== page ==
Friday, September 02, 2011

Women at the top


The longer Julia Gillard and Anna Bligh stay in their respective positions the easier it is to understand why women rarely get to the top and why they are unable to stay there in 2011 in Australia. Not only does the country keep telling us any number of men would be far preferable, even Campbell Newman who is bypassing being in parliament, the women are constantly being berated for their incompetence and any achievement is totally discounted. Anna Bligh's steering of Queensland through incredibly difficult and treacherous times was nothing short of awesome but it is dismissed in a sentence. Julia Gillard has worked her backside off  all her life and doubly hard since she got into a hung parliament, is no fool and constantly is told she is a failure. Neither of those women had Christmas. Neither of them have had a break but still they are being belittled and berated. Today was ludicrous when leadership speculation was sent virally through the news because of the high court decision. Authority is now being questioned because of John Howard's comment. Cornelia Rau, David Hicks, Tampa, Iraq, Afghanistan, Baxter, the wheatboard, work choices, his involvement with the high court re Nauru all vanish into thin air as though we were amnesiacs.

"Emotional abuse is commonly defined as a systematic tearing down of another human being. "


Emotional abuse comes in many forms and the top women seem to be worthwhile targets for those who are abusers:


"Following are types of emotional abuse:
  • DOMINATION: Someone wants to control your every action. They have to have their own way, and will resort to threats to get it. When you allow someone else to dominate you, you can lose respect for yourself.
  • VERBAL ASSAULTS: berating, belittling, criticizing, name calling, screaming, threatening, excessive blaming, and using sarcasm and humiliation. Blowing your flaws out of proportion and making fun of you in front of others. Over time, this type of abuse erodes your sense of self confidence and self-worth.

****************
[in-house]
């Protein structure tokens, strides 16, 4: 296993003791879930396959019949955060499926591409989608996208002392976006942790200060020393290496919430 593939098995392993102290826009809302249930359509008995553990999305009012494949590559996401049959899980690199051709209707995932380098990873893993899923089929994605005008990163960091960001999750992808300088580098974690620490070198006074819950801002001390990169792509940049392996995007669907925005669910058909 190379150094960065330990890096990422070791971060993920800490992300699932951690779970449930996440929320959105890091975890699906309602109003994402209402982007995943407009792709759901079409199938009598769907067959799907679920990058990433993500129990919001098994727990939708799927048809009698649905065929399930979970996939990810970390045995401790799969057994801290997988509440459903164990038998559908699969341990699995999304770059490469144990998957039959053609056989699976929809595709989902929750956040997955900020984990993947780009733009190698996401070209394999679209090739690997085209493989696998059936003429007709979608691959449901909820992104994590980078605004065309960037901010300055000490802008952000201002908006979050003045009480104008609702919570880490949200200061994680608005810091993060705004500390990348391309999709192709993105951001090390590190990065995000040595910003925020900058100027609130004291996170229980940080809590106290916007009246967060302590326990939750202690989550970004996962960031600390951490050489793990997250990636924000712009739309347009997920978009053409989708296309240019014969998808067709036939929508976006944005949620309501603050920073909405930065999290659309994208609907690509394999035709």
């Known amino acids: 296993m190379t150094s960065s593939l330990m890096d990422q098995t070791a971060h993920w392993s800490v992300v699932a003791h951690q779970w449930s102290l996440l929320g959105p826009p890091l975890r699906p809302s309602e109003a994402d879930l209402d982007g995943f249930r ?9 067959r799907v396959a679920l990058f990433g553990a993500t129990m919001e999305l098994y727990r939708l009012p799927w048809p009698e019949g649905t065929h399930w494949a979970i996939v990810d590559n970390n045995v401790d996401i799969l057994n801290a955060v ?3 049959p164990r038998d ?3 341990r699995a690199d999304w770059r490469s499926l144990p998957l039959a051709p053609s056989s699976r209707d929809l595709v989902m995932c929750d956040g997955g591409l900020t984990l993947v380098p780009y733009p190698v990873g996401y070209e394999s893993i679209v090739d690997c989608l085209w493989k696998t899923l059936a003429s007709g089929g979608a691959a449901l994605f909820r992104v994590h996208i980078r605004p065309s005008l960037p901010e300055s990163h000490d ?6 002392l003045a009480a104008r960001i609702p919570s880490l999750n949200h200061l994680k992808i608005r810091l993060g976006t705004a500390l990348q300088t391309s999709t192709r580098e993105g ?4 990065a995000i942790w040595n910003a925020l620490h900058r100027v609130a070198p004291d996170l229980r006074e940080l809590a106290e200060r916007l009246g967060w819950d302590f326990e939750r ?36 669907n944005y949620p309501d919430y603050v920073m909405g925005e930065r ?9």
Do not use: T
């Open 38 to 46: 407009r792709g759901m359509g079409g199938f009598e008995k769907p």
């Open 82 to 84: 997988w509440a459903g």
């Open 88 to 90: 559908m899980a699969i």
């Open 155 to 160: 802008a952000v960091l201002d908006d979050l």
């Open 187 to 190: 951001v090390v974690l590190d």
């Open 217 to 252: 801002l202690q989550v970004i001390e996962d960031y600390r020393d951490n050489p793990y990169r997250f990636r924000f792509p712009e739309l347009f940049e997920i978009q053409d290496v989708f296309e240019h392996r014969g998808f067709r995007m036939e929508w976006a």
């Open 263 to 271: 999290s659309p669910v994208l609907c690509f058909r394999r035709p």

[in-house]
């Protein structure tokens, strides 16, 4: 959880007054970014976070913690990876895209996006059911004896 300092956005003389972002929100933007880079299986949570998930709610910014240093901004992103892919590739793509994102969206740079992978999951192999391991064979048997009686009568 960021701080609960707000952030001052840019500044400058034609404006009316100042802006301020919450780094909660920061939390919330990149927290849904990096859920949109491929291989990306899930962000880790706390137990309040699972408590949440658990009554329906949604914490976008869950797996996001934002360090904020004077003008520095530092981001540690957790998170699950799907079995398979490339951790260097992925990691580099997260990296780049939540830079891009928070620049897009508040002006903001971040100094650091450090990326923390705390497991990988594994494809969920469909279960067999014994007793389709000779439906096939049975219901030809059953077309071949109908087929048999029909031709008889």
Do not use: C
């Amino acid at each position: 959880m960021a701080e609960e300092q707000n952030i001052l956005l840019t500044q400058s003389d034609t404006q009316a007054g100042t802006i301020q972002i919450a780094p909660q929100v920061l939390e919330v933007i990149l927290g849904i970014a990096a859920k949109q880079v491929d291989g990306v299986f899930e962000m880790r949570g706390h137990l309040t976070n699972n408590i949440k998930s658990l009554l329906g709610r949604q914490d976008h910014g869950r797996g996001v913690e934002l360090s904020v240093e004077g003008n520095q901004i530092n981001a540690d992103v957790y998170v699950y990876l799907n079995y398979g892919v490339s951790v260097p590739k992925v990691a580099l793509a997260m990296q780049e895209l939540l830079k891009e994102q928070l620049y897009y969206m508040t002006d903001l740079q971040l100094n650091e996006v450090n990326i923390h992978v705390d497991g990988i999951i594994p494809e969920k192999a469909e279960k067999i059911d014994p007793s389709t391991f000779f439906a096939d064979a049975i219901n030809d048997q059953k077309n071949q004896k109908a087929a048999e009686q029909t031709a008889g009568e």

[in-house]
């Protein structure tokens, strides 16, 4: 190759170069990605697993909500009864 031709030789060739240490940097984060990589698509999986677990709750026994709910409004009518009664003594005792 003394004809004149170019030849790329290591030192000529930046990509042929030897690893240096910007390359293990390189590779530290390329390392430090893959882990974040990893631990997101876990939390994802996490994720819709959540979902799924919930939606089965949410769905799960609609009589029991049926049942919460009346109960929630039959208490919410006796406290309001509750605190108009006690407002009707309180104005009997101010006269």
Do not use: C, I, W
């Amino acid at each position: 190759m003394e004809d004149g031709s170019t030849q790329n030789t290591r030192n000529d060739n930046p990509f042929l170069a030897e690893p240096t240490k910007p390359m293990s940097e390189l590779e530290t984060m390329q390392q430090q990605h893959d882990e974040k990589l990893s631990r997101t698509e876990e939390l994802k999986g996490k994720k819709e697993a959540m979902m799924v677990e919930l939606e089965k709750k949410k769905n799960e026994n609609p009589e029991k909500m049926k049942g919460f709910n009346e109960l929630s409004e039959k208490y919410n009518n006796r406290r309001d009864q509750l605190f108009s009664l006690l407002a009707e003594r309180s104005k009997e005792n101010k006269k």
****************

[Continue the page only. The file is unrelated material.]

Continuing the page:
• ABUSIVE EXPECTATIONS: The other person places unreasonable demands on you and wants you to put everything else aside to tend to their needs. It could be a demand for constant attention, frequent sex, or a requirement that you spend all your free time with the person. But no matter how much you give, it's never enough. You are subjected to constant criticism, and you are constantly berated because you don't fulfill all this person's needs.
  • EMOTIONAL BLACKMAIL: The other person plays on your fear, guilt, compassion, values, or other "hot buttons" to get what they want. This could include threats to end the relationship, the "cold shoulder," or use other fear tactics to control you.
  • UNPREDICTABLE RESPONSES: Drastic mood changes or sudden emotional outbursts (This is part of the definition of BPD). Whenever someone in your life reacts very differently at different times to the same behavior from you, tells you one thing one day and the opposite the next, or likes something you do one day and hates it the next, you are being abused with unpredictable responses.
    This behavior is damaging because it puts you always on edge. You're always waiting for the other shoe to drop, and you can never know what's expected of you. You must remain hypervigilant, waiting for the other person's next outburst or change of mood.
    An alcoholic or drug abuser is likely to act this way. Living with someone like this is tremendously demanding and anxiety provoking, causing the abused person to feel constantly frightened, unsettled and off balance.
  • GASLIGHTING: The other person may deny that certain events occurred or that certain things were said. You know differently. The other person may deny your perceptions, memory and very sanity. (If a borderline has been disassociating, they may indeed remember reality differently than you do.)
  • CONSTANT CHAOS: The other person may deliberately start arguments and be in constant conflict with others. The person may be "addicted to drama" since it creates excitement. (Many non-BPs also are addicted to drama.)"



    The ongoing criticism , demeaning and discounting of what these women are doing has become quite systematic to the extent the agenda is now set for both of them to leave.They are now being threatened with losing their jobs as though that were appropriate justice for their "proven" incompetence.  It's horrible and quite beneath our dignity. If domestic violence is a big no in Australia, and I actually thank John Howard for making that a clear message, then politcal violence has to be a big no too. We are not helping women to succeed in our country because they are subject constantly to emotional abuse. In the end it will break them and that is as wrong politically as it is on the domestic front. 

    "Insults, name-calling, shaming, and public put-downs are all weapons of abuse designed to erode your self-esteem and make you feel powerless."



    Even by the law of averages it is simply not possibly for all these men to be eminently suitable and qualified for these top positions but not one single woman and here we have two women who are making a big effort to try and make it possible for our country to be an equal opportunity employer. Unless the abuse stops we have no hope. We battle it on the domestic front. To see it played out in public  and never being questioned is scary. 

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